Twitter Plot Summary: Dracula returns from the dead and begins anew his campaign of terror. Only Captain Scarlet can stop him.
There may have been a sequel to Hammer’s 1958 Dracula movie released in 1960 (The Brides of Dracula) but it would take until 1966 for him to make a return to screens in Hammer’s continuity. Unfortunately it seems that here he has almost been neutered and is presented as being little more than a shadow of his former self. But then, being killed will probably have that effect on you.
Dracula was never a man of many words, but here he’s devoid of any dialogue or character development beyond lusting over busty women and alternating between happy and sad faces. Beyond this he has little involvement in the plot. Indeed, much of that plot is dominated by Francis Matthews, better known in some circles as the voice of the original Captain Scarlet. He plays Charles, a man who chooses to visit Castle Dracula along with his wife and their friends despite the dire warnings from the locals. Clearly inherent stupidity is rampant in that social class. When things start going pear-shaped Charles seeks the help of the local religious order who, it handily transpires, are the people who have been warning the locals about Dracula for years. Even so, they turn out to be a mostly ineffectual force, knowing how to defeat the vampires but not proving to be good at doing so when they find their backs up against the wall.
Prince of Darkness marks the first time that Dracula had an issue with running water. Having seemingly written themselves into a corner, the only way to defeat the titular prince is by trapping him on a frozen lake. Then the film just ends, without the good nature of providing a worthwhile resolution. What was the outcome for Charles, other than defeating the otherworldly menace that tried to get its hands on his wife?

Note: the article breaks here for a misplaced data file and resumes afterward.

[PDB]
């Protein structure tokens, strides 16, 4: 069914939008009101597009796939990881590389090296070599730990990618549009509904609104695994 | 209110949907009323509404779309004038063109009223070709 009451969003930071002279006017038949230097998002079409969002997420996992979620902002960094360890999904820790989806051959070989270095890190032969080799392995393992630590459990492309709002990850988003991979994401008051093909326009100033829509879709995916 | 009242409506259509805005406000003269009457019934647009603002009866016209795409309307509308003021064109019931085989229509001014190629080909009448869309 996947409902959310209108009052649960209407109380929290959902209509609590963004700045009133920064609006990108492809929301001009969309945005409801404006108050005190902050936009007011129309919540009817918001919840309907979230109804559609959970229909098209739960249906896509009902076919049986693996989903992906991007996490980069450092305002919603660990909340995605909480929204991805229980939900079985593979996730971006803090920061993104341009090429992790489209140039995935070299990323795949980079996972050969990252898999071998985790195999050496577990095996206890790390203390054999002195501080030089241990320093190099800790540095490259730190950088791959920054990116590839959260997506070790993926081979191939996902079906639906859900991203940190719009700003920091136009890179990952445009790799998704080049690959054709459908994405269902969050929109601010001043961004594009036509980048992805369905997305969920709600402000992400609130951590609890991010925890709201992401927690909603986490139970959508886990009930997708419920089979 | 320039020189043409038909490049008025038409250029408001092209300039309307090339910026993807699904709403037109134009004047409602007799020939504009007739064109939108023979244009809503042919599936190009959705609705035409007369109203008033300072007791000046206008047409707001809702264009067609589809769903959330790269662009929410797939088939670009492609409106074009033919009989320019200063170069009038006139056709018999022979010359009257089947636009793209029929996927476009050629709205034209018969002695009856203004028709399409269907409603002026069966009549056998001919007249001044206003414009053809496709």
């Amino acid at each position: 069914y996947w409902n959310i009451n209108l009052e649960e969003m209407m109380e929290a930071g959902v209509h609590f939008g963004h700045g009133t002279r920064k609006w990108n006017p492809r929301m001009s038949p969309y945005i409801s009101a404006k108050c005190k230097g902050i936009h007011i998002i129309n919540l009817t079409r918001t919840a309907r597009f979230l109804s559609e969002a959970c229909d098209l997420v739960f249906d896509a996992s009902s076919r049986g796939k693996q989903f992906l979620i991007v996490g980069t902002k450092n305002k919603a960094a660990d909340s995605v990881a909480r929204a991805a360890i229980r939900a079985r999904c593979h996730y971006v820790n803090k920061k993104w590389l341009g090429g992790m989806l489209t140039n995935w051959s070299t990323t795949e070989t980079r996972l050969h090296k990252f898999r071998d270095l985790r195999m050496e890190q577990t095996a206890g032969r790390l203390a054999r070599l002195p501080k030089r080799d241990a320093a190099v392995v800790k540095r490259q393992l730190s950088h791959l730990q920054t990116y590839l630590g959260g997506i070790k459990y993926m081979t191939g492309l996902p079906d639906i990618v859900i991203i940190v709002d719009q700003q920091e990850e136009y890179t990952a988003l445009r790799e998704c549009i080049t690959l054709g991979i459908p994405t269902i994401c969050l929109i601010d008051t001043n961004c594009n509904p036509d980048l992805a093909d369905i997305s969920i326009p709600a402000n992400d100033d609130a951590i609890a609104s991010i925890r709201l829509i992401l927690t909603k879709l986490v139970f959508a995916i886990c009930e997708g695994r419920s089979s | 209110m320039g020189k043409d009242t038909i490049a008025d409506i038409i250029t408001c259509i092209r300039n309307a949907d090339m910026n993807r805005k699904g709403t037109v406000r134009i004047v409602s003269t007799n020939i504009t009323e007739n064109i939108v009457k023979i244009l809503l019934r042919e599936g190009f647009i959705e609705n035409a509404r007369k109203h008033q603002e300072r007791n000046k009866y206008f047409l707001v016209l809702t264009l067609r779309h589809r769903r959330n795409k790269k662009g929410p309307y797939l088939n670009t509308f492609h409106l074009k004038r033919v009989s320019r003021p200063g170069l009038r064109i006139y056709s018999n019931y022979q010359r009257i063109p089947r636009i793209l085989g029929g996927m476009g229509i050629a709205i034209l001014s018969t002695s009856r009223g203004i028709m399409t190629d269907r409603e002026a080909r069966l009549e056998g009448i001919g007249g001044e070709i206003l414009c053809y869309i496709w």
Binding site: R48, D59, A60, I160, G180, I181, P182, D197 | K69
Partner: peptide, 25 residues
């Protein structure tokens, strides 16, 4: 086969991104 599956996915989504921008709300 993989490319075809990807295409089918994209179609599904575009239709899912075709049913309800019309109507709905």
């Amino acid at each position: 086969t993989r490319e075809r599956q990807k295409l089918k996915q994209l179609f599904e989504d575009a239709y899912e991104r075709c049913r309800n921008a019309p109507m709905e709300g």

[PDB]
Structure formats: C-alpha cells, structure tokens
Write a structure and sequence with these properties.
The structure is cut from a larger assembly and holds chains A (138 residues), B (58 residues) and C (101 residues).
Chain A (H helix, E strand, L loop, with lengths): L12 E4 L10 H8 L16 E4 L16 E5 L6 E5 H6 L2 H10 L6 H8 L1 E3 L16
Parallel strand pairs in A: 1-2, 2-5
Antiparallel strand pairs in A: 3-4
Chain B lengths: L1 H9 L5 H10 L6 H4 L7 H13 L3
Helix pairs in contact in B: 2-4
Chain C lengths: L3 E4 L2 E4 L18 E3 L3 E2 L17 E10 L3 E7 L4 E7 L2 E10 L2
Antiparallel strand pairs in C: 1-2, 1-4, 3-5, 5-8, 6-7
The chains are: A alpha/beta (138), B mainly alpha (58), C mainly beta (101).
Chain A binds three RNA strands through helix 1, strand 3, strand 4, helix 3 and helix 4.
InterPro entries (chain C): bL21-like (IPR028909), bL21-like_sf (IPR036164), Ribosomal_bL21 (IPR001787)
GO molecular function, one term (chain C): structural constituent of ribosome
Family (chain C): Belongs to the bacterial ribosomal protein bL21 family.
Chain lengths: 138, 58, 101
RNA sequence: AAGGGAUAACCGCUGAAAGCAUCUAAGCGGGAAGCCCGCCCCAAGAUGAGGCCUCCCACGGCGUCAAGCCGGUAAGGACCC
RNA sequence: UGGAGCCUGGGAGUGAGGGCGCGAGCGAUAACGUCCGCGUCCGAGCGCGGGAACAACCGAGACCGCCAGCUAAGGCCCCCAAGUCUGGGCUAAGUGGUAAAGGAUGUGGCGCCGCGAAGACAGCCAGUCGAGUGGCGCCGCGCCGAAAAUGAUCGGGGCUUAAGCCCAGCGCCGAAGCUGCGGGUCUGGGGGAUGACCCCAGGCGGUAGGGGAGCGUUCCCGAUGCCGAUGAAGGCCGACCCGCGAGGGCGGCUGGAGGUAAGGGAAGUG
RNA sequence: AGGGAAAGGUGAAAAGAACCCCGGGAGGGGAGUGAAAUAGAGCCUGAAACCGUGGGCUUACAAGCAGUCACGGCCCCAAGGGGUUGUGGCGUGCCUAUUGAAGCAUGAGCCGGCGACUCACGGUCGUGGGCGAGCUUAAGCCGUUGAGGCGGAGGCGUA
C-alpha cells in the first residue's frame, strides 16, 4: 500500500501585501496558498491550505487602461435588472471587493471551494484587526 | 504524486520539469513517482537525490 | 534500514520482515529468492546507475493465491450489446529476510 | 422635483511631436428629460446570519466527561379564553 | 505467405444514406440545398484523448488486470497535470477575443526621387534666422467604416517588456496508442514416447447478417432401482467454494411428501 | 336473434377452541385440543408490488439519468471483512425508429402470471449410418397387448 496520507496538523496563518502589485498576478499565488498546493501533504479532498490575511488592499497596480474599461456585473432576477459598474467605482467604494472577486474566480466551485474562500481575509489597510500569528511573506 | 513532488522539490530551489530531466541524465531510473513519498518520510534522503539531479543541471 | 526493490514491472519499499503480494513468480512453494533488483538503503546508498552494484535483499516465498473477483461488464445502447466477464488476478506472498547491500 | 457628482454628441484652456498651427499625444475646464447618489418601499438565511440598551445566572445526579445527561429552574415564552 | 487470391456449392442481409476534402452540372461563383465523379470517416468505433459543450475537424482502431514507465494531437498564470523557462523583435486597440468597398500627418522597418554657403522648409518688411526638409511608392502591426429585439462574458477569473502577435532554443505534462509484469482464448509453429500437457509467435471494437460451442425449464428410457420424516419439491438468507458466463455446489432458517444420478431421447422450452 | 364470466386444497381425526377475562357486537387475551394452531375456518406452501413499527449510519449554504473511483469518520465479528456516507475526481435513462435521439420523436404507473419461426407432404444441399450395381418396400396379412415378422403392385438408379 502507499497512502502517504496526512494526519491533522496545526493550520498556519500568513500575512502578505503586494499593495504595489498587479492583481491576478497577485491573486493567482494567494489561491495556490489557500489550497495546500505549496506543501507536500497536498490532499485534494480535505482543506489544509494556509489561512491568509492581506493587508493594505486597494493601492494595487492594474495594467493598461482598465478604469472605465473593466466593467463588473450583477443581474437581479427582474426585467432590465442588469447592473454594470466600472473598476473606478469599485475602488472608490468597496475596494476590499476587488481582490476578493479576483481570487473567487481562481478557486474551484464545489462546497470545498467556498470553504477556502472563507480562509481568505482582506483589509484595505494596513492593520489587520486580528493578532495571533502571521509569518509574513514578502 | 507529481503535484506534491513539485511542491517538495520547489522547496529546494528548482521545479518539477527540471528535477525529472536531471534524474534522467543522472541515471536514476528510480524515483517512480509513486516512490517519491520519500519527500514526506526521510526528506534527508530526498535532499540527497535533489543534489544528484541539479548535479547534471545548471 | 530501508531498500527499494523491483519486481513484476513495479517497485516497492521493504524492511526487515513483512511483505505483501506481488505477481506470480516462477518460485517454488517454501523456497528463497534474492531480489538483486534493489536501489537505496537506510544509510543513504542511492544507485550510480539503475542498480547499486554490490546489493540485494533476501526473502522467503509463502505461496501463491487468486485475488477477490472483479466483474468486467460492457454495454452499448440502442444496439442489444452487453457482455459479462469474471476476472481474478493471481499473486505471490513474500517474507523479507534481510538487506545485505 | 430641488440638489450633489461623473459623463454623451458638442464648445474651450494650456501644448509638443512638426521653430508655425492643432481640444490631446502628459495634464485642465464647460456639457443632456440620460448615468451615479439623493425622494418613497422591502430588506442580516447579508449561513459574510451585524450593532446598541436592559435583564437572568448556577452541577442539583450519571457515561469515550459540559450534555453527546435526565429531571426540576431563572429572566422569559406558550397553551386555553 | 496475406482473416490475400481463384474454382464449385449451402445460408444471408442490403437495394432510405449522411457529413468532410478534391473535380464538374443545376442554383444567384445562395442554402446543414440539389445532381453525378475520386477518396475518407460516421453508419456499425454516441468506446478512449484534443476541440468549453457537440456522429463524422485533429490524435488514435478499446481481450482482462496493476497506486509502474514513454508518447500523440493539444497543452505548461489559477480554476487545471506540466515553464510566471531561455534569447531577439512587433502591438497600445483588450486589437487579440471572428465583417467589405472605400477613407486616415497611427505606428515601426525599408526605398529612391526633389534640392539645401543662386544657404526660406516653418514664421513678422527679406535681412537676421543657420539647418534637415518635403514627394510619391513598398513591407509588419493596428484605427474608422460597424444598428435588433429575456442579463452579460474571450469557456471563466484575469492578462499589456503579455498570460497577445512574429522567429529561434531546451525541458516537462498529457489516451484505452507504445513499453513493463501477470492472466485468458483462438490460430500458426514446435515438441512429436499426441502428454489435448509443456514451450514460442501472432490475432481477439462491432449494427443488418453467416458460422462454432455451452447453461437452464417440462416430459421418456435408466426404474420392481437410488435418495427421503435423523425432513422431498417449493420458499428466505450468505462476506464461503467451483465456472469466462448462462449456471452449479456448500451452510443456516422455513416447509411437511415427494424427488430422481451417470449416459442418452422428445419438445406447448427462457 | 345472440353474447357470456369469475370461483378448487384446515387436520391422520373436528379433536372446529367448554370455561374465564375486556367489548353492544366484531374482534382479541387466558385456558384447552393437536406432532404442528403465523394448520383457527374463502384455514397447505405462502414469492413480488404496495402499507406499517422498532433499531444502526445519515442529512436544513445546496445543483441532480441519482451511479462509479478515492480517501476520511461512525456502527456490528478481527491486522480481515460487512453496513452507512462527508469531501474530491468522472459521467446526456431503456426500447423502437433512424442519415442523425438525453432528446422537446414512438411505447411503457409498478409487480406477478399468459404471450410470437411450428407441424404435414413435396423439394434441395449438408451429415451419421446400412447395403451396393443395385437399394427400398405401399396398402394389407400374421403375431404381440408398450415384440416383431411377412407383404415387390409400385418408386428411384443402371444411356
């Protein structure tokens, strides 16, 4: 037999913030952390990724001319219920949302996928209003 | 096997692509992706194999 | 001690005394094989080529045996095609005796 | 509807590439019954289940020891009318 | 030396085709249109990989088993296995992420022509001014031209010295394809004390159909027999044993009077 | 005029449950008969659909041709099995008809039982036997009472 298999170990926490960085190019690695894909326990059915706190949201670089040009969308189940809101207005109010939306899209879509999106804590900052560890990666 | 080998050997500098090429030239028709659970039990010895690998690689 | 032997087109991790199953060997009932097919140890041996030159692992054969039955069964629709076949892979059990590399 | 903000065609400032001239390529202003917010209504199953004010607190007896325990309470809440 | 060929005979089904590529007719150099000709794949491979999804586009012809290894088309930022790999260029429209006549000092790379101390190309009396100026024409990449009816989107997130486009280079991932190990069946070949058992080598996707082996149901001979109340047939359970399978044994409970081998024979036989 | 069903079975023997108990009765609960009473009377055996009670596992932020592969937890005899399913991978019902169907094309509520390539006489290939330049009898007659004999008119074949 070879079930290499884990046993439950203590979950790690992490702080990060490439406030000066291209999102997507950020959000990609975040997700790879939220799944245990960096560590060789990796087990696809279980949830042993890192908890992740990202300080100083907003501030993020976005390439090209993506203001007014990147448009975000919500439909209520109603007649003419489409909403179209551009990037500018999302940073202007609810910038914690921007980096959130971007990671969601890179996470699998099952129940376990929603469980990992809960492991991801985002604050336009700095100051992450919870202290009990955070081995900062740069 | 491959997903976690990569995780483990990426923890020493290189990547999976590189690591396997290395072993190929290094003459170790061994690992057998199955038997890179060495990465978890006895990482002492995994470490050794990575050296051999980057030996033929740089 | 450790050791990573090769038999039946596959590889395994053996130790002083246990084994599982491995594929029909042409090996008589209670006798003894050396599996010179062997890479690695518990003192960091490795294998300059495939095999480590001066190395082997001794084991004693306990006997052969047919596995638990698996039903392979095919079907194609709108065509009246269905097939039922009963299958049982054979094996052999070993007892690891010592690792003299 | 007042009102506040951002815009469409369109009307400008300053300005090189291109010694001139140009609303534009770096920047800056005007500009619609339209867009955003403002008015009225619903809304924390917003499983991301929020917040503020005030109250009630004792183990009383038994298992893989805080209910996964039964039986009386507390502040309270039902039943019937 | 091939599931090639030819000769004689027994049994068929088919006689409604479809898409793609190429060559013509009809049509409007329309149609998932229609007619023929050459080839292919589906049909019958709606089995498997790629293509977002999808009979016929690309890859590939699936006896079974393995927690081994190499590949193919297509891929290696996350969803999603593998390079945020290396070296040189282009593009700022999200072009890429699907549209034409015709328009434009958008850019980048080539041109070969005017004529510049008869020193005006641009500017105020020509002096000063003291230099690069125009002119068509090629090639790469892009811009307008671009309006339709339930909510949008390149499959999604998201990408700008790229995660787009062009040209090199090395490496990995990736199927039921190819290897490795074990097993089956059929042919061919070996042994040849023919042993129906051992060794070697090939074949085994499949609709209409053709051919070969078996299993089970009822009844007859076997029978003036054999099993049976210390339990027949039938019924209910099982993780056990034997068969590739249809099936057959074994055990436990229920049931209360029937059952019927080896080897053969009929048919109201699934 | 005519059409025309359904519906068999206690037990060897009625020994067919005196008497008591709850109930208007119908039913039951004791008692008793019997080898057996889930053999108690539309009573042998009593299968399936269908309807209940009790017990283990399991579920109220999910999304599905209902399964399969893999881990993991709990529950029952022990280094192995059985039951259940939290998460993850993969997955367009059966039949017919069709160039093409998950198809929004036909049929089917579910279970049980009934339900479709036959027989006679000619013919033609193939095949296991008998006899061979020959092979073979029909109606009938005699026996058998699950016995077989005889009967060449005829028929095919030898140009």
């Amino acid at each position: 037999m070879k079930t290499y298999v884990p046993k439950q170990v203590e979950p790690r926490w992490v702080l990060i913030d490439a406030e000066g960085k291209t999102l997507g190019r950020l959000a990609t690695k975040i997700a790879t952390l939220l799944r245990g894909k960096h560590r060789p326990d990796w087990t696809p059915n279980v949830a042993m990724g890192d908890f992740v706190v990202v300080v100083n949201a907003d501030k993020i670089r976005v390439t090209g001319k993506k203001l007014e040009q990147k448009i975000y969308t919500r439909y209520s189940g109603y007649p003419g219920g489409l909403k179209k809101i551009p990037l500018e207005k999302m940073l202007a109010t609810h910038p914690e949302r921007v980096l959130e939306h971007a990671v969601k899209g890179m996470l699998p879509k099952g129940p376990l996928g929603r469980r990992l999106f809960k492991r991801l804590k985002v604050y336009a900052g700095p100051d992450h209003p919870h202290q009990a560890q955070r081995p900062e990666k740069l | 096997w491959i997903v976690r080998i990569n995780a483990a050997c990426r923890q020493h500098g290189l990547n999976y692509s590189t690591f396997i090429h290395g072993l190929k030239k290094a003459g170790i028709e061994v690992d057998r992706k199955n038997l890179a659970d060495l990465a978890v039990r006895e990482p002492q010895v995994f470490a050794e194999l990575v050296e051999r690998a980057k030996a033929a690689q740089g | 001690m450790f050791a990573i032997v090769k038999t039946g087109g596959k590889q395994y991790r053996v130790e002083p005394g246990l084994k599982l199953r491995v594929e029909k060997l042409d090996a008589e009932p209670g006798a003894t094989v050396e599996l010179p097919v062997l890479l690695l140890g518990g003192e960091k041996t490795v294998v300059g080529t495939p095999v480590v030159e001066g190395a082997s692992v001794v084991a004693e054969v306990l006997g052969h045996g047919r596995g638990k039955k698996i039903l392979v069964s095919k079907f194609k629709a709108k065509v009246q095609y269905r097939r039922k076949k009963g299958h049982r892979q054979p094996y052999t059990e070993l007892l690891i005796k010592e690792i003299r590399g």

It does however leave the door wide open for a sequel, which inevitably followed. It’s evident that in this case the script wasn’t given as much thought than should have been the case, content with riffing off the first Hammer Dracula film rather than making any serious effort to branch out and do something genuinely worthwhile.
Christopher Lee of course remains a thoroughly enjoyable presence, further cementing his interpretation of the character in our collective consciousness. Without a word of dialogue he still manages to convey the danger that Dracula represents, yet also shows him as a vulnerable creature who may by this point only be operating on pure animal instinct rather than making a decision to prey on the weak. Whilst this is an effective device to use, it does leave you yearning for a return of the charming, sexual, sinister creature that he began as.
If there had been more effort to make this on par with their original 1958 effort then it would have made for a far better film. But then, you can’t help but think that Hammer were simply resting on their laurels at this point in their history, churning out a formulaic Dracula story simply to make a bit of money. It’s an easy trap to fall into, and clearly some quality control was sorely lacking.